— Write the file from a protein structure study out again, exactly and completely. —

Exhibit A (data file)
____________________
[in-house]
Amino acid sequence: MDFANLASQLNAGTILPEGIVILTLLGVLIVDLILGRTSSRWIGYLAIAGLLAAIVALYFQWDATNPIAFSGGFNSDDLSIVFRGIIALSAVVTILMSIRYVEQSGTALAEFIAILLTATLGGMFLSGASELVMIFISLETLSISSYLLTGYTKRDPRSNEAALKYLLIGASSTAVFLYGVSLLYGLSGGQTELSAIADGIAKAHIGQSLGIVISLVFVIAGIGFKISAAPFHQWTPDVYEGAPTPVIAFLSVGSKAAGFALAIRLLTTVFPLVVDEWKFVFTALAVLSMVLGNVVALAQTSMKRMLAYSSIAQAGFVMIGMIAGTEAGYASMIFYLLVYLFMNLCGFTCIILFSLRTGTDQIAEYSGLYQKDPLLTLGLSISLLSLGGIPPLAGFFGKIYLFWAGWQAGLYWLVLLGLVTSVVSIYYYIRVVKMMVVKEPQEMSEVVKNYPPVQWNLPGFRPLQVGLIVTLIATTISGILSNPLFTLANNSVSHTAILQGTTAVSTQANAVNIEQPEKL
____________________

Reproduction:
[in-house]
Amino acid sequence: MDFANLASQLNAGTILPEGIVILTLLGVLIVDLILGRTSSRWIGYLAIAGLLAAIVALYFQWDATNPIAFSGGFNSDDLSIVFRGIIALSAVVTILMSIRYVEQSGTALAEFIAILLTATLGGMFLSGASELVMIFISLETLSISSYLLTGYTKRDPRSNEAALKYLLIGASSTAVFLYGVSLLYGLSGGQTELSAIADGIAKAHIGQSLGIVISLVFVIAGIGFKISAAPFHQWTPDVYEGAPTPVIAFLSVGSKAAGFALAIRLLTTVFPLVVDEWKFVFTALAVLSMVLGNVVALAQTSMKRMLAYSSIAQAGFVMIGMIAGTEAGYASMIFYLLVYLFMNLCGFTCIILFSLRTGTDQIAEYSGLYQKDPLLTLGLSISLLSLGGIPPLAGFFGKIYLFWAGWQAGLYWLVLLGLVTSVVSIYYYIRVVKMMVVKEPQEMSEVVKNYPPVQWNLPGFRPLQVGLIVTLIATTISGILSNPLFTLANNSVSHTAILQGTTAVSTQANAVNIEQPEKL